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Actor Charlz Williams inflicts black bigotry in 'Throw the Dog a Bone'
February 20, 201512:48 PM MST
[Actor Charlz Williams]
Throw the Dog a Bone
When you think of discrimination -- what pops into your head? I’m guessing it’s not the black on black variety. This lesser known bigotry is real and on full display in the new dramatic short film Throw the Dog a Bone, which recently screened at the Pan African Film Festival in Los Angeles.
Actor Charlz Williams stars in the film and I recently had a chance to interview him about his experience on the project.
Give us an overview of “Throw the Dog a Bone” and your role in it.
CHARLZ: Directed by William Bright, THROW THE DOG A BONE shares the story of Mercury Rene Adams (Tish Wright), a brilliant girl from a disadvantaged background who has a chance to live her dream of attending a very prestigious university, but quickly discovers the moral price she’s expected to pay. I join in the tale as Professor Colburn, a bias faculty advisor who believes Mercury isn't the right caliber’ to attend such an Ivy League institution.
I have been assigned as the faculty adviser to a young African-American coed (Tish Wright) who is being accused of cheating to gain admission into the university. It becomes clear from the start that I am opinionated and do not like her because I angrily refer to her as, "You people". I then go about trying to make life on campus difficult for her because I want her to "Quit and go home". I even pull the race card on her in a closed-door office meeting.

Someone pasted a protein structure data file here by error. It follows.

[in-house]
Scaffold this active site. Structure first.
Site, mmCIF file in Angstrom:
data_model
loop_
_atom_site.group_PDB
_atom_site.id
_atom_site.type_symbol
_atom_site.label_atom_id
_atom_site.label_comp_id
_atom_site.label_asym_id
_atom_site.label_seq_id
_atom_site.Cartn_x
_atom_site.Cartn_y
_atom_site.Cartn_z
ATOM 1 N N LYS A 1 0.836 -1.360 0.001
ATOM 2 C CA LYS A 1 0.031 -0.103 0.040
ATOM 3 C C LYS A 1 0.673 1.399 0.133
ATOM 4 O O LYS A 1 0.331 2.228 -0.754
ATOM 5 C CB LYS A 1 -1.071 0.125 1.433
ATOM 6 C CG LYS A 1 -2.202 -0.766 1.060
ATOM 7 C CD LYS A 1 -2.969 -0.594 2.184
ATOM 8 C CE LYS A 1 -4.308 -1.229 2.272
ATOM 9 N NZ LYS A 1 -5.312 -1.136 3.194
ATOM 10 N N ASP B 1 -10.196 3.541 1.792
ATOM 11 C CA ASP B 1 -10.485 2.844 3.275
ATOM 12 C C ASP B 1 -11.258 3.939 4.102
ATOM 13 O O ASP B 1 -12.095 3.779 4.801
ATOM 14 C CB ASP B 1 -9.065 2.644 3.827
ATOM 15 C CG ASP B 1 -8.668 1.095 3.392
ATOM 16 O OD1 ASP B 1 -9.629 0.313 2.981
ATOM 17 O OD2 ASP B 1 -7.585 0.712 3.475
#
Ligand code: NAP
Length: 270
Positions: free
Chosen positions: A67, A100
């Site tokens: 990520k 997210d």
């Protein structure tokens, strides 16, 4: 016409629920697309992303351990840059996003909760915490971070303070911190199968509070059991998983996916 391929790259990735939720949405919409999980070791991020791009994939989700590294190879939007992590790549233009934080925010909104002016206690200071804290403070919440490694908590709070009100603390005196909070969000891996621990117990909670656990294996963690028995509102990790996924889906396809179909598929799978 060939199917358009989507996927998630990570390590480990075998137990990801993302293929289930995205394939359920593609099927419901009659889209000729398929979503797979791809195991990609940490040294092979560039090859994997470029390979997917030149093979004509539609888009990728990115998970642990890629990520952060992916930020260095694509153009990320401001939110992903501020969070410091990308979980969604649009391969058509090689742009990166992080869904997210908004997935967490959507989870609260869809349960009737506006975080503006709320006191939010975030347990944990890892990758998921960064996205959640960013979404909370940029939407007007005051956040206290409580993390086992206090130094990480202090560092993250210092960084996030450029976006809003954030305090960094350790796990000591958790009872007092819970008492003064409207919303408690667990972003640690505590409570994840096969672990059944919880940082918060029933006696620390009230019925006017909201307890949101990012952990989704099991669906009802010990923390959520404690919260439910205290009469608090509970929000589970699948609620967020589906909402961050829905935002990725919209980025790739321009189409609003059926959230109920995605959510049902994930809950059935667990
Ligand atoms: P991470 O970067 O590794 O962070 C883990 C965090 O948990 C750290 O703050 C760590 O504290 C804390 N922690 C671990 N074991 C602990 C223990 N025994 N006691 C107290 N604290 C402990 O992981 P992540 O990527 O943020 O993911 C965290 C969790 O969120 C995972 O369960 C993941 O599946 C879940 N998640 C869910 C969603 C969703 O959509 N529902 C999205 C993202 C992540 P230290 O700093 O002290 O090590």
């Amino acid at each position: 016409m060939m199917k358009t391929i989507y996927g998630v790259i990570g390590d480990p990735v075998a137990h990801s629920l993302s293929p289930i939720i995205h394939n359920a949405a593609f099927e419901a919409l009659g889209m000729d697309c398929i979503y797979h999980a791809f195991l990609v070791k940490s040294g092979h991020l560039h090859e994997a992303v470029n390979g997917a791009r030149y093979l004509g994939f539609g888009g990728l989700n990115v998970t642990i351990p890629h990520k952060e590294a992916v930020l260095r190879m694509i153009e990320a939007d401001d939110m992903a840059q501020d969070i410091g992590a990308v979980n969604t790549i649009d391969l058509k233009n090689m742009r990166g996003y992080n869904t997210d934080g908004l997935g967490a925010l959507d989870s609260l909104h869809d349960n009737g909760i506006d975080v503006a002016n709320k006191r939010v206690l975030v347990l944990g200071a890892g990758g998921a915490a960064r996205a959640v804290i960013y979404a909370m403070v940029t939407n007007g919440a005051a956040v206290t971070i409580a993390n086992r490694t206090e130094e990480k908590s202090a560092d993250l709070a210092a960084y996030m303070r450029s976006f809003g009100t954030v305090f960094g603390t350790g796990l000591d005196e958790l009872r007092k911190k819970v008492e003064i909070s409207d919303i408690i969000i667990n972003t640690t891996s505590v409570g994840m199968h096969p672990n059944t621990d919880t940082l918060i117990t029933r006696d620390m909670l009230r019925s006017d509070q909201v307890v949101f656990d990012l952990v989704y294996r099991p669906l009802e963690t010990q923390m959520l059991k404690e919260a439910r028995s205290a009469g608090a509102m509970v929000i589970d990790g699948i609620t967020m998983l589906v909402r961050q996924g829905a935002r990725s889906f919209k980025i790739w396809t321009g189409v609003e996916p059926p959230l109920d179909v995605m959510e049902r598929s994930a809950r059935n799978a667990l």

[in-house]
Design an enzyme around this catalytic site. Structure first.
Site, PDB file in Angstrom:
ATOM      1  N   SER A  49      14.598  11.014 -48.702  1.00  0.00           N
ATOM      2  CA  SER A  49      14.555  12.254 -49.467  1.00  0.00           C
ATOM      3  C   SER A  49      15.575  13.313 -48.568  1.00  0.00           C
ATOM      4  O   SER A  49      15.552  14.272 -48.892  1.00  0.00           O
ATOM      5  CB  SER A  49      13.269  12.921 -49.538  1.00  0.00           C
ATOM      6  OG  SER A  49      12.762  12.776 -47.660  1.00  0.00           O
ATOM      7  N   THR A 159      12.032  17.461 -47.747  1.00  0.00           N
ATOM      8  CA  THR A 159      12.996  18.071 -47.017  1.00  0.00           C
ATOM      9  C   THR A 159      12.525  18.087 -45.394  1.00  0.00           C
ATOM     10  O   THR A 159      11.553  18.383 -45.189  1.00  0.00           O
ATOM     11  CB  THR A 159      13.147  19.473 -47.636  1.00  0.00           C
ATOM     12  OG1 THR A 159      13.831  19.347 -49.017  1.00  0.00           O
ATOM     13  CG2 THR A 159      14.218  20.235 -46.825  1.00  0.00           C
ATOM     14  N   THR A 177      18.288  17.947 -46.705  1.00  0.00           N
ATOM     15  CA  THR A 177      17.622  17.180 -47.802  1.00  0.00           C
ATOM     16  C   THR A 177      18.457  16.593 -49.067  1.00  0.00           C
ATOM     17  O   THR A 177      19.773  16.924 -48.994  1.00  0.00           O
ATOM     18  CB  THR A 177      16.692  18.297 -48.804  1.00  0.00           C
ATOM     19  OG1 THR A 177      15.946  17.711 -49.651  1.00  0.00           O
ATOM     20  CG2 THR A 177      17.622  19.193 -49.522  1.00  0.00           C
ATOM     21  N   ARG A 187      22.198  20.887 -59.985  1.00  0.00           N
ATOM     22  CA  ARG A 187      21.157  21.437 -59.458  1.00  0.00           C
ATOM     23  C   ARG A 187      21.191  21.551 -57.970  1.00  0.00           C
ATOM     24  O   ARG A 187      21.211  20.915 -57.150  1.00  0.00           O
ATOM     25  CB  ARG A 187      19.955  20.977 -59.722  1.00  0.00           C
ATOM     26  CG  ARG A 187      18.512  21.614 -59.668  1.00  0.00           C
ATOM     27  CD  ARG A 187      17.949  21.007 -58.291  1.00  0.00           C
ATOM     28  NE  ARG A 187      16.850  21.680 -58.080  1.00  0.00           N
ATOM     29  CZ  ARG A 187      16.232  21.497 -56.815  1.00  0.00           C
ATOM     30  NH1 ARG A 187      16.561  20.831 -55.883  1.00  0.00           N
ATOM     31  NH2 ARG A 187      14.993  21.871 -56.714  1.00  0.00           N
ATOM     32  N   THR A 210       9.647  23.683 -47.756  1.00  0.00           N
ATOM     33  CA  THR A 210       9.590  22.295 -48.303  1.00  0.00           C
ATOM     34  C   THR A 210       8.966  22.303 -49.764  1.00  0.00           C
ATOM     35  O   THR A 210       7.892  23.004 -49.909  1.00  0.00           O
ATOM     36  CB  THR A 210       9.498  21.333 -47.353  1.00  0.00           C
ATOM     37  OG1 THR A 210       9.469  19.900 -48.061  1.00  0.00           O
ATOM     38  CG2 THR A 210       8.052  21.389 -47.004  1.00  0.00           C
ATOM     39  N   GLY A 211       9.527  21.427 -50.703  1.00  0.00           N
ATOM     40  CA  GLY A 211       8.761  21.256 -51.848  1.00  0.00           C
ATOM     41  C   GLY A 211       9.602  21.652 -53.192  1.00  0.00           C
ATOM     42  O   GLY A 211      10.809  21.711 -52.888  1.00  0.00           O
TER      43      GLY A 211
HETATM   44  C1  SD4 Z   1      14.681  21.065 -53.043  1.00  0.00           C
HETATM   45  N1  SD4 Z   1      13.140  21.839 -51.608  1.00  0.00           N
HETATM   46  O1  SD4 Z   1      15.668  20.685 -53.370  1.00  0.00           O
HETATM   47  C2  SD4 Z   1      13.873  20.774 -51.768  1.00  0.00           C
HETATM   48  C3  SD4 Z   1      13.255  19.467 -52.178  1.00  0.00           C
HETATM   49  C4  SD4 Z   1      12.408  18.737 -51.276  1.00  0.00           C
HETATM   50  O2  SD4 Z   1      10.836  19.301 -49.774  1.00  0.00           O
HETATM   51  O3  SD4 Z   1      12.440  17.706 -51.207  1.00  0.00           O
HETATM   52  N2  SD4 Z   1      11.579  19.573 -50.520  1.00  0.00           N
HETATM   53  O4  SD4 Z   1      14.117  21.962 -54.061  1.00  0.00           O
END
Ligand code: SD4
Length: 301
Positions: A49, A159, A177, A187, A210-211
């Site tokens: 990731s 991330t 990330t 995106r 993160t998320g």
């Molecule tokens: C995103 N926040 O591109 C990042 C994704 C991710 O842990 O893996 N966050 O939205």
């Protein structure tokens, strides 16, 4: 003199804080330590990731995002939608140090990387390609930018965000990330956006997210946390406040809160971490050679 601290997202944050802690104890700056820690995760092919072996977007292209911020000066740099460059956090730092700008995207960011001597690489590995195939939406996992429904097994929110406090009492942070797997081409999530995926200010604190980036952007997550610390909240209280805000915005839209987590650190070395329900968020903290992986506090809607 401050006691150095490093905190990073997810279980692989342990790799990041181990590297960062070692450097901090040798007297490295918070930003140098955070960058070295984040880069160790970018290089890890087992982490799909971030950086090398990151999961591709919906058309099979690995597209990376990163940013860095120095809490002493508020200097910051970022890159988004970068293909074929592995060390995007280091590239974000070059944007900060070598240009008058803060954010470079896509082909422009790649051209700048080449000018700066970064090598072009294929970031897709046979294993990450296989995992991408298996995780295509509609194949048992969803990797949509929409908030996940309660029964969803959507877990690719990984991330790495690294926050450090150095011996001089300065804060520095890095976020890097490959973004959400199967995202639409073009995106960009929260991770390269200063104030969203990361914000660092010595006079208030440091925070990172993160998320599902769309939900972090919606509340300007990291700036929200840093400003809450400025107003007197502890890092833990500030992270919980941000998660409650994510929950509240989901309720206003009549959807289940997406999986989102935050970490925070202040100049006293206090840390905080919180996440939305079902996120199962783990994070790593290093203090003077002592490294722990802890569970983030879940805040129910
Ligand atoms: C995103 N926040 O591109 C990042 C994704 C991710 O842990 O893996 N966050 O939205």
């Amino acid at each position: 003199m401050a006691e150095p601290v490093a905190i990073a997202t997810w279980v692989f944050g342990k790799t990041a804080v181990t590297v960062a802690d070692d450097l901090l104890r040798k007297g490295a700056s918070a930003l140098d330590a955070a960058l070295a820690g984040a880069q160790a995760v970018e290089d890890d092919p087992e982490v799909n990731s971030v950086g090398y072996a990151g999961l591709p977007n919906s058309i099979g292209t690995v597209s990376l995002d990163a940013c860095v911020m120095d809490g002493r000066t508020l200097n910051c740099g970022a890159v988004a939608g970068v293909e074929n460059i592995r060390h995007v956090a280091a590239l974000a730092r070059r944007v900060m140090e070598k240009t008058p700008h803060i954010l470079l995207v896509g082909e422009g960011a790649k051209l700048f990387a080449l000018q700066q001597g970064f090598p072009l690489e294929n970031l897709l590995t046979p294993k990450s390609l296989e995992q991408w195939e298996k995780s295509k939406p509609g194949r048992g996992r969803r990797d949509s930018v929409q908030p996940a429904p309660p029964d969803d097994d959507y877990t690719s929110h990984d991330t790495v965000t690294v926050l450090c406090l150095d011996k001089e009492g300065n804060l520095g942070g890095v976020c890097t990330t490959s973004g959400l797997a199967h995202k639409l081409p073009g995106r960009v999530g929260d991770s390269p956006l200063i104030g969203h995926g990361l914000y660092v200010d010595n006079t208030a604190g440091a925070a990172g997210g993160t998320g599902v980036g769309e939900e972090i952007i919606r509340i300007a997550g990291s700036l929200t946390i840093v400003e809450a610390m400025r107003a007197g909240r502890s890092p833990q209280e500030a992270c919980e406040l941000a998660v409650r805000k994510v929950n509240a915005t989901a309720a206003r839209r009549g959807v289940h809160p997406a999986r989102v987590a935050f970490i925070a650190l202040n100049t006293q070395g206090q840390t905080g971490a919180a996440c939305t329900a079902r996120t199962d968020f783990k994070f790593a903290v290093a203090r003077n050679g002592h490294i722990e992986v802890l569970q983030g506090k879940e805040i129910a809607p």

How did you prepare for the role?
CHARLZ: I started my preparation for the role by having in-depth conversations with Director William Bright about how he foresaw the character's personality and short comings. I talked to the writer, Jocelyn Stewart. I read the script numerous times in an effort to allow the numerous circumstances in the story involving my character and his interactions with the young coed, Mercury, to become clear to me. I goggle searched words and synonyms in an effort to find different ways to say what the professor was saying in the script. I tried it while applying different moods. I worked on finding the right facial nonverbal demeanor, speech pattern, you name it. Eventually, I came up with what I felt was a good fit for his personality and what I thought motivated this black man to show so much contempt toward a young black woman.
Did you realize that your character would be disliked by audiences?
CHARLZ: Oh, absolutely. I knew that Professor Colburn was going to be strongly disliked and especially by African-Americans. In part, because Mercury, (Tish Wright) is such a beautiful young black woman and her character is so sweet. But, the professor is hating on her. American society in general doesn't accept a lack of fair play. Especially when it is the "system" vs. the weak or innocent. Hate is bitter enough as it is. But, when you have one of your own trying to hold you back, somebody is going to dislike you. And, of course, viewers haven't been shy about telling me how they feel about my character.
What do you hope audiences take away from the film?
CHARLZ: As sad as it is, sometimes the one holding you back may look just like you. But, ultimately, righteousness will win out in the end. Whether it is due to the rule of law or because people are basically good.
If we could wave a magic wand and go back -- is there anything you would change about your performance?
CHARLZ: I can't say that I would change anything about my performance. I put a lot of effort into bringing Professor Colburn to life and would play him pretty much the same a second time around.
Do you prefer comedy over drama?
CHARLZ: I love intense drama. Especially the kind that makes the viewer have to think about what they are viewing. Although, I have to admit that I have a natural funny bone in me and it doesn't take much for me to ham it up. I am about to produce and direct a short comedy that I wrote and everyone who reads it laughs out loud and tells me that its funny. I am fortunate enough to get to live my life as a story teller. So, I am not turning down any work.
Anything else you’d like to share with our readers?